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A CDE Definition

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undefined variable

A variable (structure that holds data) that is not available at runtime to the application. This typically occurs with programming languages such as scripts, which allow variables to be located at runtime rather than being resolved ahead of time in a compile stage. See variable.


A structure that holds data within an executable program. Mostly created by and uniquely named by the programmer, variables may store predefined data at the start of the program or be empty containers until a value is placed in them. The values may remain constant or be updated in RAM as the program runs. Variables are used as counters to sum totals and do math as well as to keep track of processes that are repeated within the program. There may be dozens or hundreds of variables defined in a single application.

Using C/C++ as the example language, the statement int counter; defines an integer variable for whole numbers named COUNTER. The statement counter=1; stores a 1 in COUNTER, and counter++; adds 1 to COUNTER. A "char" variable holds character data. A single character variable requires single quotes, but a "string" of characters uses double quotes; for example, mode='A'; and product="abc"; places A in the variable MODE and ABC in PRODUCT. See string, integer and RAM.

Variables Are Control Values
Variables are widely used to repeat a process. In the following for statement, the function DO-SOMETHING is performed five times. At first, x is set to 0. All statements between the left and right curly braces ({ }) are performed. Then, x is incremented by 1 until x is no longer less than 5.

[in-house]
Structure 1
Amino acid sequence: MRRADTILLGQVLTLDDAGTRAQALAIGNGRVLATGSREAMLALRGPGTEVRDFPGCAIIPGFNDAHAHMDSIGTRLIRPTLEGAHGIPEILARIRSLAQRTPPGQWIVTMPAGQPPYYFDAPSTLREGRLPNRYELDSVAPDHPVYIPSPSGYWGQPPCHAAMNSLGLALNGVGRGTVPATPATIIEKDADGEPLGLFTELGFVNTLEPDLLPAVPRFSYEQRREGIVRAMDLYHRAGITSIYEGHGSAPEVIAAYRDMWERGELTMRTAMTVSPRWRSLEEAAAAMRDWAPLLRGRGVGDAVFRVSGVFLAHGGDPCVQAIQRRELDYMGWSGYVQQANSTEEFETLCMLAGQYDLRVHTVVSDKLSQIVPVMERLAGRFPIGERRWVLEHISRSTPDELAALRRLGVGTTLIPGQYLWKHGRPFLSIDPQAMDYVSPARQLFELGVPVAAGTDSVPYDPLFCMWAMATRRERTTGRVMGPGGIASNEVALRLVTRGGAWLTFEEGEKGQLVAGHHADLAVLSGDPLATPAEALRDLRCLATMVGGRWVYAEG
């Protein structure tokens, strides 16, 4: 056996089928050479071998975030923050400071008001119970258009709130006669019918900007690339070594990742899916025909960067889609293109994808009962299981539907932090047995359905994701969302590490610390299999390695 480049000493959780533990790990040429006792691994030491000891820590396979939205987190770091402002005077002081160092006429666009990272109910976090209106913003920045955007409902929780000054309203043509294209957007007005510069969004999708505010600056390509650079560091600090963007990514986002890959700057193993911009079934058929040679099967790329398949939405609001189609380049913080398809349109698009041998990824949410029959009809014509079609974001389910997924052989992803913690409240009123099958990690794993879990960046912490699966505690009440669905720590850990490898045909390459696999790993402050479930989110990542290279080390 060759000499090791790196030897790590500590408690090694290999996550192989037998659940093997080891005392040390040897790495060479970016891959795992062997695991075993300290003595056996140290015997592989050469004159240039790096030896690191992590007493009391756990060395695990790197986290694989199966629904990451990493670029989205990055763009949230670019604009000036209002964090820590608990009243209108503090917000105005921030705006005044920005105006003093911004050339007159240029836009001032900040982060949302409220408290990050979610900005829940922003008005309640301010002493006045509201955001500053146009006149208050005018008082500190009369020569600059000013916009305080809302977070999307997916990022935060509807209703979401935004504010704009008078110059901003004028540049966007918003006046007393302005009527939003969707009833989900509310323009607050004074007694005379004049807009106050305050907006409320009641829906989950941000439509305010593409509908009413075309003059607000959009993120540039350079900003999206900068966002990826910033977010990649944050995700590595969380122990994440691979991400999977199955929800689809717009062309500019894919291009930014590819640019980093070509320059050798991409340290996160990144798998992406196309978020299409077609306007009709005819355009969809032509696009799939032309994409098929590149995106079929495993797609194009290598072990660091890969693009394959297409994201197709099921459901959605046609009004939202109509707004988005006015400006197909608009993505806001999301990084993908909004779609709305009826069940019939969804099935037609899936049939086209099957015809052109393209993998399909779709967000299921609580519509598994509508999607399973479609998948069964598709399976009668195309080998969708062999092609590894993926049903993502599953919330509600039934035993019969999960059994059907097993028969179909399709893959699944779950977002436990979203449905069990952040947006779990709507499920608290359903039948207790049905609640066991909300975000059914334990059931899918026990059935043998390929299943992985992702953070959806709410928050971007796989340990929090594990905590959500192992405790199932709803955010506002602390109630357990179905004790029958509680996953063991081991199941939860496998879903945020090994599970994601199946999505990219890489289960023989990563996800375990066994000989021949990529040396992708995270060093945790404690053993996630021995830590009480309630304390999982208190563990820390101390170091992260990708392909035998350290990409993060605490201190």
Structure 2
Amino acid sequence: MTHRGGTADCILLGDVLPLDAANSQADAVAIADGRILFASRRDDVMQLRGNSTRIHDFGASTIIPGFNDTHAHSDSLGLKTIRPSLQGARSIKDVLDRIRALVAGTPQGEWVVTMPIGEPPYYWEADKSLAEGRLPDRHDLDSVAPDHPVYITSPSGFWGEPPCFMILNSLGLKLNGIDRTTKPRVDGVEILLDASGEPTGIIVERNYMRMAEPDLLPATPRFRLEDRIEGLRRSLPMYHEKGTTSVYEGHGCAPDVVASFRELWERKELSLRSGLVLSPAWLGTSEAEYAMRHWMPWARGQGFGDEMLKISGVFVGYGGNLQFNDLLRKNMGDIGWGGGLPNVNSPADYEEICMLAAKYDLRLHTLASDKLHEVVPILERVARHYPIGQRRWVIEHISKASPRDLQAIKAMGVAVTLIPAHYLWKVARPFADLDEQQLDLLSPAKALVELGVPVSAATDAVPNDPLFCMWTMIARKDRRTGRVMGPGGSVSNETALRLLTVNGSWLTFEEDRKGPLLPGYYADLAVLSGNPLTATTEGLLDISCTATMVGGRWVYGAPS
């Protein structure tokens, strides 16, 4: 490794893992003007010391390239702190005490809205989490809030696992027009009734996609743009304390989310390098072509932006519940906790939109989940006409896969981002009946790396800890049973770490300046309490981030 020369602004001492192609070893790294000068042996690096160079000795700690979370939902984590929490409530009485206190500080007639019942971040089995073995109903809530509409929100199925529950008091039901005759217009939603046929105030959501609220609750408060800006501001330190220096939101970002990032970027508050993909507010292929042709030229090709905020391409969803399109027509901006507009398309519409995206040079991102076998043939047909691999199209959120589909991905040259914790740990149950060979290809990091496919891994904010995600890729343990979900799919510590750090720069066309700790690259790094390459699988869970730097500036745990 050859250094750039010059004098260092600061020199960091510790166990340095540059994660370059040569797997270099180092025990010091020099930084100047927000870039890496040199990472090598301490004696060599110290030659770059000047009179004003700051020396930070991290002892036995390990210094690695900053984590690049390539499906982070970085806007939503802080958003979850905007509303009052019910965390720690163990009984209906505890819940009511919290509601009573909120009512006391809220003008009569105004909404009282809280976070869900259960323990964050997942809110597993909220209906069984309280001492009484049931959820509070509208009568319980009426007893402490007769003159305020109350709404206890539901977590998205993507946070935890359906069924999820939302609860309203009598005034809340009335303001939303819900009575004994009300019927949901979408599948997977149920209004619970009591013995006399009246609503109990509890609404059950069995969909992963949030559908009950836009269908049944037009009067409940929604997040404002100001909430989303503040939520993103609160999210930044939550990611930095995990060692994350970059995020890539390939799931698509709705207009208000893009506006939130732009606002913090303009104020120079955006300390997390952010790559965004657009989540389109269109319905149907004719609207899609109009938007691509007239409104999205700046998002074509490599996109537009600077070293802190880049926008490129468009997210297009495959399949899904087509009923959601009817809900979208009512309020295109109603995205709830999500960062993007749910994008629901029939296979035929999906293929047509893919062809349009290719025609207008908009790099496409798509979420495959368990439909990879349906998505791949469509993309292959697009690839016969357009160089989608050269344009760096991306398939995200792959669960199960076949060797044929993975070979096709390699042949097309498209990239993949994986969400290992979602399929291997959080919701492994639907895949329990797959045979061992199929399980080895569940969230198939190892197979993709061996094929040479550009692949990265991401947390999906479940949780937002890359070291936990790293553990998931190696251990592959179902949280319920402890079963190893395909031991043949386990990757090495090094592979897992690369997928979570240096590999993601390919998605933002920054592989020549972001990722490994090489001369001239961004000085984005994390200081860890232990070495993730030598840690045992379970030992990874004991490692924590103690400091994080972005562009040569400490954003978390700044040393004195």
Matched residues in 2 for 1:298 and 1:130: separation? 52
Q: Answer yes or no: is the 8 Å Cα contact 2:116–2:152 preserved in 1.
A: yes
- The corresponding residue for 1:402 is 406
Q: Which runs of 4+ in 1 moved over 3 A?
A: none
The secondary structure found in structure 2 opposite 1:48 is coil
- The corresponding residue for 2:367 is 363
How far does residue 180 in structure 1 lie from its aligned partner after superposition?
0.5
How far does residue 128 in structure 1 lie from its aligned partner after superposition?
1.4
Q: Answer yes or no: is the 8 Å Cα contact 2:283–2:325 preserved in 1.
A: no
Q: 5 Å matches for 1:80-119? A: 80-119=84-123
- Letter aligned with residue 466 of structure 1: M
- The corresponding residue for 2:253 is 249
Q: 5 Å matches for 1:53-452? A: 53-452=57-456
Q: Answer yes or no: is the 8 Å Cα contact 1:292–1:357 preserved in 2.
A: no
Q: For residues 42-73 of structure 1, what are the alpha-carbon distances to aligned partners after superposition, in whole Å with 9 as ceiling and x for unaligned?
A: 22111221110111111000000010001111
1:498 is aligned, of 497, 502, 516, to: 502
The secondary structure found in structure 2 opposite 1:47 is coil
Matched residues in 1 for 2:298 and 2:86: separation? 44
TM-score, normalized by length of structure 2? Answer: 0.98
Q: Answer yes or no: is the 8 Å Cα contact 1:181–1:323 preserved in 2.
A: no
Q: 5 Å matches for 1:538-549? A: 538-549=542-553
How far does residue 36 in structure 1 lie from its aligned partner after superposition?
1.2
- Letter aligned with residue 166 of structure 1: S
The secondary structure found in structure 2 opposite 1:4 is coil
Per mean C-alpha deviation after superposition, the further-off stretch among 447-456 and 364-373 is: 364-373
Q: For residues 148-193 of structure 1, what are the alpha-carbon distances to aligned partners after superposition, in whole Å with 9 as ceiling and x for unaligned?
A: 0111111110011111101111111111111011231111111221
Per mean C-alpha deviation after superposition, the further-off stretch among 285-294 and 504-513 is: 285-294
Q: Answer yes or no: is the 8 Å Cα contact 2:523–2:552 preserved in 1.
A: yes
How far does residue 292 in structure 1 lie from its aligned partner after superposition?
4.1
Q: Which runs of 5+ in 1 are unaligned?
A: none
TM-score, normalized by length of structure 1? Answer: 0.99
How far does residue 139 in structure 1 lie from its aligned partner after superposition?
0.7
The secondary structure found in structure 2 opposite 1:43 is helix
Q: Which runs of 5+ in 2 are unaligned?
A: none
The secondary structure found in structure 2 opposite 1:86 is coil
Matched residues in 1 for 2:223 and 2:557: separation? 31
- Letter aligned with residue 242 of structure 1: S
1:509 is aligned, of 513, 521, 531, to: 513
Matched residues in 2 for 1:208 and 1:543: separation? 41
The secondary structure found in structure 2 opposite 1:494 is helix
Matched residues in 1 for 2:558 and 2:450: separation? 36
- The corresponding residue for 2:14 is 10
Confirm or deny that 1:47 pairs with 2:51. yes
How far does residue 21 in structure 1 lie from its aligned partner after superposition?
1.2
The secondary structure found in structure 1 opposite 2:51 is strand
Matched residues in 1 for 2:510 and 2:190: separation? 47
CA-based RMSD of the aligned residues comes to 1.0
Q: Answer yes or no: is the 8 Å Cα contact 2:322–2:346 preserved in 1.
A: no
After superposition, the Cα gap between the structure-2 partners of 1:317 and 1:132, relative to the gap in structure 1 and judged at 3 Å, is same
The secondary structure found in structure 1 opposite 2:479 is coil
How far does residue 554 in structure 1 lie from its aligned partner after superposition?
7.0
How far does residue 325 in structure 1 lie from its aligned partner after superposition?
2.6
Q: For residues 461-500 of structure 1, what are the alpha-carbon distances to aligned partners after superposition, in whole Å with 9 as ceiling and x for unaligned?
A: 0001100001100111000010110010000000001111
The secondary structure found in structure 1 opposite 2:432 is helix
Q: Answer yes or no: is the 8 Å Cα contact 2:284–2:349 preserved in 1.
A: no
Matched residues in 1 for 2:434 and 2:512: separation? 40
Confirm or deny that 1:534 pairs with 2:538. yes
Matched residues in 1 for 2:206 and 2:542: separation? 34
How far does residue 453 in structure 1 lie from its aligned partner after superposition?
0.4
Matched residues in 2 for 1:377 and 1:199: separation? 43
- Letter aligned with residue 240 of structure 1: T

for (x=0; x<5; x++)




Local and Global Variables
A local variable is one that is referenced only within the subprogram, function or procedure it was defined in. A global variable can be used by the entire program. See environment variable, undefined variable and local variable.

Actual Variable Examples
The following integer variables and character strings were extracted from a program written in C that converts an XML encyclopedia feed to an HTML feed. The =NO is the same as inserting a 0. Variables are often used to keep track of internal modes that are turned on and off while the program is running. YES and NO are the same as 1 and 0 to the compiler.

int ForceOne=NO, ForceAll=NO, NoMoreFiles=NO;
int XMLfileNewer=NO, EndFile=NO;
int TermsWith1Link=0, TermsWith2Links=0;
int TermsWith3Links=0, TermsWithNoLinks=0;
int AFTermCount=0;
int AF_results=0;
int AF_EOF=0;
int hFileAF;
char AFbuff[2000];
char *AFptr;
char HREF1buff[500];
char HREF2buff[500];
char HREF3buff[500];

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unbuffered DIMMundelete
unbundleundelivered email
unbundlingundelivered mail
UNCunder cover removal
uncached speedunderbanked
unchecked bufferunderflow
unconditional branchUndernet

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